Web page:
UK and EU scientists generate energy ten times hotter than the sun

UK and EU scientists generate energy ten times hotter than the sun, University of Newcastle, Joint European Torus, JET, UK Atomic Energy Agency, International Thermonuclear Experimental Reactor (ITER)

The Joint European Torus (JET) experimental fusion machine based near Abingdon in Oxfordshire has enabled scientists to generate energy that released heat ten times hotter than the sun. A new record for generating energy from nuclear fusion, the same process that powers our Sun seen as a potential future source of near limitless power.
The experiment generated around 59 megajoules, or 11 Megawatts of energy in a five second burst, enough to power around 10,000 homes. Still in its infancy the amount of energy needed to conduct the experiment was more than what was produced, however it represents a major step forward in fusion reaction.
“These landmark results have taken us a huge step closer to conquering one of the biggest scientific and engineering challenges of them all,” said Professor Ian Chapman, Chief Executive of the UK Atomic Energy Agency that co-funds and operates JET.
How is the energy generated?
Unlike nuclear fission, which powers conventional nuclear reactors by splitting radioactive elements to release energy, fusion does the opposite. It forces two forms of hydrogen to fuse together releasing around four times more energy by weight of fuel than a nuclear fission reactor and four million times more than burning fossil fuels.
But containing the same reactions that power our Sun here on Earth is the tricky part.
JET uses a hollow doughnut shaped reactor vessel called a Tokamak to heat its fusion fuel – “heavy” hydrogen atoms deuterium and tritium – to 150 million degrees Centigrade.
This forms something called a plasma that’s around 10 times hotter than the Sun, making the reactor, for the few seconds it is running, the hottest place in our solar system.
Electromagnets surrounding the Tokamak prevent this charged soup of ions from touching the sides and stopping the whole reaction. Holding the plasma in this way allows fusion to occur, releasing energy. The latest results from JET prove that making fusion energy in this way is at least theoretically feasible.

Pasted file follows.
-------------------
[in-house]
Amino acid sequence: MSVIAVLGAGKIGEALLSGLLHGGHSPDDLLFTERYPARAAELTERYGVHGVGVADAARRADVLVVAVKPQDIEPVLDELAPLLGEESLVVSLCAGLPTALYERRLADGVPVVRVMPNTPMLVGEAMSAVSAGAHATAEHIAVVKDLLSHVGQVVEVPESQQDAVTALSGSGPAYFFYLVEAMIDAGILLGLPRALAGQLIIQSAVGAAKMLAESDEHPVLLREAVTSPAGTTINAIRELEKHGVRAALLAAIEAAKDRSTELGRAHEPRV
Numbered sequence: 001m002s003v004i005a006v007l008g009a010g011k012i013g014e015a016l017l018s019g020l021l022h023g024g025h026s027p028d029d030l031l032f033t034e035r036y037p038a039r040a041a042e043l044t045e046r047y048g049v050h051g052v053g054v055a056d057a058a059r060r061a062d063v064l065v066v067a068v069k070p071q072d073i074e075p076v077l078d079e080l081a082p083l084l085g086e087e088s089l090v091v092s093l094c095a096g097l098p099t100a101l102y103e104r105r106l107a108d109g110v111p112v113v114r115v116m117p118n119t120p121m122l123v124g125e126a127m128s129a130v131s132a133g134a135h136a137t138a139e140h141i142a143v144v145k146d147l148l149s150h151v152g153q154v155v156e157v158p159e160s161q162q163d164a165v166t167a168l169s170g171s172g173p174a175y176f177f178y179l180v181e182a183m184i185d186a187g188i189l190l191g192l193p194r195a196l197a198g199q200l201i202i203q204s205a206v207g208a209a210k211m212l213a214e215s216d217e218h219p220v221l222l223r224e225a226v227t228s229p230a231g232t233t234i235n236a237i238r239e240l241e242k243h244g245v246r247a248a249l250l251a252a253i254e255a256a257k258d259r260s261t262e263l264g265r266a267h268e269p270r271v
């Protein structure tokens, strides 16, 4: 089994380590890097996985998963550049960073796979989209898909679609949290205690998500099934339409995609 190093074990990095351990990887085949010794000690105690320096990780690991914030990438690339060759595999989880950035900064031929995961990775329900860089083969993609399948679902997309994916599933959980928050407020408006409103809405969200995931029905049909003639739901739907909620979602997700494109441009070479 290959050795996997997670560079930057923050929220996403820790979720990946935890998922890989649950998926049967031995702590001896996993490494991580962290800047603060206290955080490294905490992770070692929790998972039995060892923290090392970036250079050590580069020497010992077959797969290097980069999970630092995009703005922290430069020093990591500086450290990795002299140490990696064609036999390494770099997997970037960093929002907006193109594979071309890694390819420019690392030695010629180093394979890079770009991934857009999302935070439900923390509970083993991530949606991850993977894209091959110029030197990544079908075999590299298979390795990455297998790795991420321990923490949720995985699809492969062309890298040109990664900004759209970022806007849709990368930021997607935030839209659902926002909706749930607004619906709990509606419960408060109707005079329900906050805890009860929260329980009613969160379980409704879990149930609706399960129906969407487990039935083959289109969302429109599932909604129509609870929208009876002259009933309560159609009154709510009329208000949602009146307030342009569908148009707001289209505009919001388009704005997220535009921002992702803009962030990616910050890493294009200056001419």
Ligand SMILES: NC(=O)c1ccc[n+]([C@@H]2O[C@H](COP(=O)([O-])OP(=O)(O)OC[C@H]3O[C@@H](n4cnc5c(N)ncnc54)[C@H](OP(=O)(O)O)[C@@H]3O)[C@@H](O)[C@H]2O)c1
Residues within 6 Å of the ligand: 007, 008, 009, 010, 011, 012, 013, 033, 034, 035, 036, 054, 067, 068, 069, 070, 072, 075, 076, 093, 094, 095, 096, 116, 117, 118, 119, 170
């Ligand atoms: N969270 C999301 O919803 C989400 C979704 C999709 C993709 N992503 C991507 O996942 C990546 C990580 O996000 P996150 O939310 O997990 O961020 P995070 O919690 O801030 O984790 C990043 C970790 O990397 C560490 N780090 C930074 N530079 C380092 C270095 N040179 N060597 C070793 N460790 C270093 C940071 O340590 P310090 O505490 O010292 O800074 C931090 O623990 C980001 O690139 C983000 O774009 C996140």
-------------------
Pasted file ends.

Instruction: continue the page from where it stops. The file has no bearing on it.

Energy ten times hotter than the sun

“59 Megajoules of heat energy from fusion over a period of five seconds is a landmark in fusion research,” said Professor Ian Fells from the University of Newcastle.
Deemed by many to be the Holy Grail, commercial fusion energy is still open to debate although there been many incremental steps forward toward fusion power since the 1950’s.
Speaking about the results Professor Sue Ions, Nuclear Engineer and Fellow of the Royal Academy of Engineering said:  “They give confidence that the prize of fusion energy is worth pursuing,” said
It’s a major boost for the €20bn (£16.9bn) International Thermonuclear Experimental Reactor (ITER) which is under construction in the south of France.
The project is a collaboration between the world’s major economies to build a scaled-up version of the JET experiment.
It’s seen as the full “reactor-scale” demonstration of the technology that engineers would require to learn how to build a commercial reactor.

UK and EU scientists aren’t the only researchers

Then UK EU project is not the only facility working on nuclear fusion, with the US National Ignition Facility (NIF), at the Lawrence Livermore National Laboratory in California succeeded in creating fusion last year by a different method of compressing a plasma using immensely powerful lasers.
And in the decades since large government-backed projects like JET, NIF and ITER were conceived many small, private fusion ventures have been springing up.
Super-rich investors like Jeff Bezos and venture capitalists keen to back the next revolution in low-carbon energy, but few have achieved fusion, let alone “break even” the point where more energy comes out of the reactor than has to go in to get fusion started.
Few think fusion could arrive before 2050, in time to address the climate crisis whilst others doubt it will ever happen.
With energy costs rising many will be taking a renewed look at nuclear fusion and in particular the results of this test, with the UK and EU scientists able to generate energy hotter than the sun.

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Written by

Peter McLaren-Kennedy

Originally from South Africa, Peter is based on the Costa Blanca and is a web reporter for the Euro Weekly News covering international and Spanish national news. Got a news story you want to share? Then get in touch at